Time & Location
Jul 11, 2021, 5:00 PM
About the Event
Turnout of women voters has risen substantially over the years and is now equal to men voters. The current Lok Sabha has 78 women MPs (14%), the highest tally ever. This number has almost tripled since India’s first parliament in 1952, when it was a mere 5%. But these positive numbers conceal a much bleaker picture that comes out when viewed in context of progress in other nations. In 1952, with a mere 5% representation, India led more advanced nations such as UK (3%) and US (2%). However, now the situation is reversed, with representation in UK at 33.9% and US at 27.3%.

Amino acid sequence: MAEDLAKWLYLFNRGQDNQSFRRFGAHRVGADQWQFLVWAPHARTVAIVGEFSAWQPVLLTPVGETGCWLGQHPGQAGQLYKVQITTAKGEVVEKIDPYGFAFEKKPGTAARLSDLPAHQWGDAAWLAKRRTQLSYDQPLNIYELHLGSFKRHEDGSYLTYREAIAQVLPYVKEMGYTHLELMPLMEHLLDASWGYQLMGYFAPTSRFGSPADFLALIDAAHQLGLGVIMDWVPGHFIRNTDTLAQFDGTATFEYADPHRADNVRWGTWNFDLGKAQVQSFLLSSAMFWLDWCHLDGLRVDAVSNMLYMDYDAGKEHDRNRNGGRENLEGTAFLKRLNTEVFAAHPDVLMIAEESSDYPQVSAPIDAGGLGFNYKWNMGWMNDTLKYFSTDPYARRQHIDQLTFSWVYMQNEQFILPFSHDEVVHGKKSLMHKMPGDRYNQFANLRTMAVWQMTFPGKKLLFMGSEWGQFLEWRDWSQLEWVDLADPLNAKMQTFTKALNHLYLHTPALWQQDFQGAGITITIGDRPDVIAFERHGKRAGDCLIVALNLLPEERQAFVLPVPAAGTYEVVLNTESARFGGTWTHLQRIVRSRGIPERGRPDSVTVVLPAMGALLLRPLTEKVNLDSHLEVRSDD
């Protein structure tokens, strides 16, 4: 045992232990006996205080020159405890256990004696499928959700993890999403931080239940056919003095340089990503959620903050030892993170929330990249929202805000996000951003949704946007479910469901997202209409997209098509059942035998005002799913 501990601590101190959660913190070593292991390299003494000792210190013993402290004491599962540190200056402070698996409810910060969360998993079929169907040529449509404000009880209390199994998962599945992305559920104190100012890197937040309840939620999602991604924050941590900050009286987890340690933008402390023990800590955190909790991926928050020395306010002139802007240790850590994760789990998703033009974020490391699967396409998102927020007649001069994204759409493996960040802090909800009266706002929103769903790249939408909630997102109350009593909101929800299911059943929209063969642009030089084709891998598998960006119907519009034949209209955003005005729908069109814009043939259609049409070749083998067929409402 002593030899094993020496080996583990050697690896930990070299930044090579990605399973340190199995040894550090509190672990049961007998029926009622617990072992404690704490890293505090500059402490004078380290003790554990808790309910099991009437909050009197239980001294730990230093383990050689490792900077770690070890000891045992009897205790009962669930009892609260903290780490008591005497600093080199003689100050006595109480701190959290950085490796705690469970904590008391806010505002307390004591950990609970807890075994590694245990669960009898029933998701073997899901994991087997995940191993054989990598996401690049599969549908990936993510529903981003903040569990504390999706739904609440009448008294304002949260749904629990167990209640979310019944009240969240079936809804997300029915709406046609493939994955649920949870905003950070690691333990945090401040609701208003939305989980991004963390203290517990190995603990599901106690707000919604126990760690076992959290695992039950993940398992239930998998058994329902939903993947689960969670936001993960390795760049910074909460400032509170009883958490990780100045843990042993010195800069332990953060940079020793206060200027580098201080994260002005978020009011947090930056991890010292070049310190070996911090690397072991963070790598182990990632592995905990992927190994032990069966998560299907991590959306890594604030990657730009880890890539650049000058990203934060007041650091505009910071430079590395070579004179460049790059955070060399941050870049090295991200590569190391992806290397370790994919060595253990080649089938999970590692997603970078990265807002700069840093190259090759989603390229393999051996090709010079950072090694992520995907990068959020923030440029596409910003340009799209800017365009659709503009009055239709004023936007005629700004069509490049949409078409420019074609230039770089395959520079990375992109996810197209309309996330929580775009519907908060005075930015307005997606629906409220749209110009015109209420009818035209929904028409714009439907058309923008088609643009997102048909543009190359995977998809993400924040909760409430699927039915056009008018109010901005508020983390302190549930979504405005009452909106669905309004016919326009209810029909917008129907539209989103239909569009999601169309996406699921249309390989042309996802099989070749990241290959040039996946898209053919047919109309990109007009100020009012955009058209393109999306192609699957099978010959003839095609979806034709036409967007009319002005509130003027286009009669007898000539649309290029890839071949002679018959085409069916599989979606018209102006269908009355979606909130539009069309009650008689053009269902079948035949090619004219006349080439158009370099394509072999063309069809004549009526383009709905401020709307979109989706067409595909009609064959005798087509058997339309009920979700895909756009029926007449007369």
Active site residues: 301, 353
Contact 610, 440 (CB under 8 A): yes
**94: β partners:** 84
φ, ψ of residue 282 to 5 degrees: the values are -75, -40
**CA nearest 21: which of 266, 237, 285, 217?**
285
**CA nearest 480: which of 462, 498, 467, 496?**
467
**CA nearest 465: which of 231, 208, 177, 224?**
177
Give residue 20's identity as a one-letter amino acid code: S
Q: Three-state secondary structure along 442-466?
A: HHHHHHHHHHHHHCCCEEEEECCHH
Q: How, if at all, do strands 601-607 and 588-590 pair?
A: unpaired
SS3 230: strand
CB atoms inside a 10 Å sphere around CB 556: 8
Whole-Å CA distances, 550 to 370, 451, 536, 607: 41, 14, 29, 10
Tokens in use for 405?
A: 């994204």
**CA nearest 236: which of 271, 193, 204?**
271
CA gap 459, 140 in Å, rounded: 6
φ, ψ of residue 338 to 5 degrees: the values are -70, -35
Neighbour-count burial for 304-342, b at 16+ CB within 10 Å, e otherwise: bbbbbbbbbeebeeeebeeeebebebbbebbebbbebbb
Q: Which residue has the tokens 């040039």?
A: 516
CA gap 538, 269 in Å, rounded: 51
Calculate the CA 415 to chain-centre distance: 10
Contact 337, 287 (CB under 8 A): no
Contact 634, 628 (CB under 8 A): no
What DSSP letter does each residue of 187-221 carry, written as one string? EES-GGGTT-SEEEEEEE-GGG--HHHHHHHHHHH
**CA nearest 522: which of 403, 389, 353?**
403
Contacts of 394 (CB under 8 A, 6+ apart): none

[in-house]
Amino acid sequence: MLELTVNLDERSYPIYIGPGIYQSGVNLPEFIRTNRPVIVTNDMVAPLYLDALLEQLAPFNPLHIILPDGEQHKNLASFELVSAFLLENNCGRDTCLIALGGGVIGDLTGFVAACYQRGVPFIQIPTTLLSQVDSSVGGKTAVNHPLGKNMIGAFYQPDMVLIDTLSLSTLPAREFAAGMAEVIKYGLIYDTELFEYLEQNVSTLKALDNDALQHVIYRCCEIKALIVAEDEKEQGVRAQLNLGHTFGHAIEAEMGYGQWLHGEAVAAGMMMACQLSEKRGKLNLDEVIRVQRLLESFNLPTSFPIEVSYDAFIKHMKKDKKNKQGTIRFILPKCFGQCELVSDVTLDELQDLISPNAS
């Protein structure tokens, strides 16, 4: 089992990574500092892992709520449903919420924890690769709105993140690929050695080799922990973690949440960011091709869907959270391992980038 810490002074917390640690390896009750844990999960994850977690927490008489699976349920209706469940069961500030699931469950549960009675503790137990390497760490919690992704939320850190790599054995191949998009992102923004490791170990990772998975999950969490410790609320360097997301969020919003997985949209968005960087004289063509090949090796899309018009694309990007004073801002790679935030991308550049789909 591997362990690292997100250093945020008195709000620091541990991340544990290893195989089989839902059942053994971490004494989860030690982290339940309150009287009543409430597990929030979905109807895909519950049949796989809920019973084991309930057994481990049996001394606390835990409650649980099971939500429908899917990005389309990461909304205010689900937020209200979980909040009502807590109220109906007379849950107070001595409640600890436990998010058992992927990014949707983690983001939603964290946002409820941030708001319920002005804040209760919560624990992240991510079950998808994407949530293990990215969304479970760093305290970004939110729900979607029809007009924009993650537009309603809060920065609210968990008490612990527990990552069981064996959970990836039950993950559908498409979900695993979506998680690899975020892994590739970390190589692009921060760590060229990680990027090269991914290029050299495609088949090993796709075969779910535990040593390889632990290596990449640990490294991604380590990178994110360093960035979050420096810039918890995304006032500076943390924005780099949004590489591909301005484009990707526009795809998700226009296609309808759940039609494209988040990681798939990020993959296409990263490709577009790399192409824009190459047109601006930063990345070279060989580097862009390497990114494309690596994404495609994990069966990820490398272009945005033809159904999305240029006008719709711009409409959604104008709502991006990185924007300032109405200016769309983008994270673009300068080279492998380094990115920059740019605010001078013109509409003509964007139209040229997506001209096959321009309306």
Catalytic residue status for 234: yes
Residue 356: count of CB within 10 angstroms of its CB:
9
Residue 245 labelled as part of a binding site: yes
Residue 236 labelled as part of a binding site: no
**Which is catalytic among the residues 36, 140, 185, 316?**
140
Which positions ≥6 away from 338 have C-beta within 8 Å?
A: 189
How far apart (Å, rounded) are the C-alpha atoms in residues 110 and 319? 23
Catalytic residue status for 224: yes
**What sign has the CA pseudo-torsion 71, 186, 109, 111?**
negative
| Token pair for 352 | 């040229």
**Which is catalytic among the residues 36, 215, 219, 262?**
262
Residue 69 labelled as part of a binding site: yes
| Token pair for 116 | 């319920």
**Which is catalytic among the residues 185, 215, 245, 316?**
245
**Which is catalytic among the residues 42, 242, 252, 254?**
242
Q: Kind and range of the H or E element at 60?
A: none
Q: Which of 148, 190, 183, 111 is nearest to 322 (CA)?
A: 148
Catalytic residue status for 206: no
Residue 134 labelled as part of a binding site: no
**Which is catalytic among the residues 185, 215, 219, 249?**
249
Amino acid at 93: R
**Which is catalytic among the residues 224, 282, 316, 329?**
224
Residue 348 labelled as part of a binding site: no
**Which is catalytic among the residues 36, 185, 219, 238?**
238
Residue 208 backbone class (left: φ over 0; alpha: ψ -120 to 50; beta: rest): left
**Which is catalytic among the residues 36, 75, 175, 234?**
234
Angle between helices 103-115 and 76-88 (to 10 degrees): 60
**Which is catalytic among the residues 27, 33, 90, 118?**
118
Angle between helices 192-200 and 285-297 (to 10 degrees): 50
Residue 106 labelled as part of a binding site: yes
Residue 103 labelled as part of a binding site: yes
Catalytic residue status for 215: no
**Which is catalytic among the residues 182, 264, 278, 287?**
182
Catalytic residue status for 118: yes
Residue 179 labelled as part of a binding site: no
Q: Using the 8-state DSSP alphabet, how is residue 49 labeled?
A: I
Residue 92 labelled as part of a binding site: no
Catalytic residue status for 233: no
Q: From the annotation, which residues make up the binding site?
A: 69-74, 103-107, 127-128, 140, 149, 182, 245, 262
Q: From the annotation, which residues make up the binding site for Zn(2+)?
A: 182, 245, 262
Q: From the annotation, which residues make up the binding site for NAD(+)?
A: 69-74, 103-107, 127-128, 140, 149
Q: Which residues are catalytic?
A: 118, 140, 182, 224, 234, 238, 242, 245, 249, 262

India is now a global laggard and worryingly getting worse on a relative basis. Between 1998 and 2020, in the global rankings for women’s representation in the national parliaments complied by the Inter-Parliamentary Union (IPU), India has fallen from 95th position to 148th position. We rank behind even our much less democratic neighbours such as Afghanistan (71), China (86) Pakistan (116).
Despite more Indian women than ever heading to the polling booths, they are finding little representation in the law-making process? Does it mean that the discrimination against them is getting worse.